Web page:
WASHINGTON — The FCC is being directed to review the 22-year-old TV content ratings system to gauge its accuracy.
The review was part of the recently passed spending bill that funds the government through Sept. 30. It requires that the FCC report back to the House and Senate appropriations committee within 90 days “on the extent to which the ratings system matches the video content that is being shown and the ability of the TV Parental Guidelines Oversight Board to address public concerns.”
The ratings system went into effect in 1997, in response to pressure from parents groups and lawmakers over the proliferation of sexual and violent content on broadcast and cable TV. The labels appear briefly on screen, and include content descriptors to inform parents on what to expect in a program.
It’s designed to work in conjunction with the V-chip, a computer chip that Congress mandated to be installed in new TV sets. The ratings are overseen by a monitoring board made up of representatives from the entertainment industry and nonprofit groups.
The Parents Television Council has called for a review, as its president Tim Winter says that its research shows that it is “inaccurate, inconsistent and lacking transparency.”
“The TV content ratings system needs to be overhauled so it truly serves the needs of parents and families, and not to provide cover for an industry that is airing ever-more-explicit content at times of the day when children are likely to be watching,” he said in a statement.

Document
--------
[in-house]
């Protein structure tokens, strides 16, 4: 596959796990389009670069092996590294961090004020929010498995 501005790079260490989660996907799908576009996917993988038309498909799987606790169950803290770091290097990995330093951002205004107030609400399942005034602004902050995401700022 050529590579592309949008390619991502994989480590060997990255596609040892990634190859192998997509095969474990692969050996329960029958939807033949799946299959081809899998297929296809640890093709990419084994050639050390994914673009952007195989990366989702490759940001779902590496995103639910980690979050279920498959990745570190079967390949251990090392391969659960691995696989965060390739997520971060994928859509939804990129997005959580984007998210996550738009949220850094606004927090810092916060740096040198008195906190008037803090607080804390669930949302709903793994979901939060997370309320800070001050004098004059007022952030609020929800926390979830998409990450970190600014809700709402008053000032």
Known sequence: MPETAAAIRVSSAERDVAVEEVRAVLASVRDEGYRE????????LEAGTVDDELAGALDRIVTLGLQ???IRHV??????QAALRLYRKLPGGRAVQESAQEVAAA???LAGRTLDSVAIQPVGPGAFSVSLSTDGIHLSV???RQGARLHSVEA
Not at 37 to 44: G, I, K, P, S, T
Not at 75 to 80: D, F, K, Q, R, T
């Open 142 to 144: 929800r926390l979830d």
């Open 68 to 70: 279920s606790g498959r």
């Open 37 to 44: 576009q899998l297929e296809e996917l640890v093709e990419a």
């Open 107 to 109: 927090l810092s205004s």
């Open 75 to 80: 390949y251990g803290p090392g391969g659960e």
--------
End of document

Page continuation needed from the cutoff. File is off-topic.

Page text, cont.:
A spokesman for the National Association of Broadcasters said that they had no comment. A spokesman for NCTA — The Internet & Television Association said that “we look forward to talking to the FCC about the success of the TV ratings system and how it provides parents with useful information to make informed choices about their family viewing choices.”
Hart Research Associates conducted a survey on behalf of the monitoring board last year, and it showed that 76% of parents viewed the ratings favorably.
The FCC reviewed parental control technologies in a report to Congress in 2009, and it collected comments from the public after issuing a notice of inquiry. The report noted that “a common theme that runs throughout the comments is the need for greater education and media literacy for parents and more effective diffusion of information about the tools available to them. Many commenters urge the government to play a more substantial role in meeting this need.”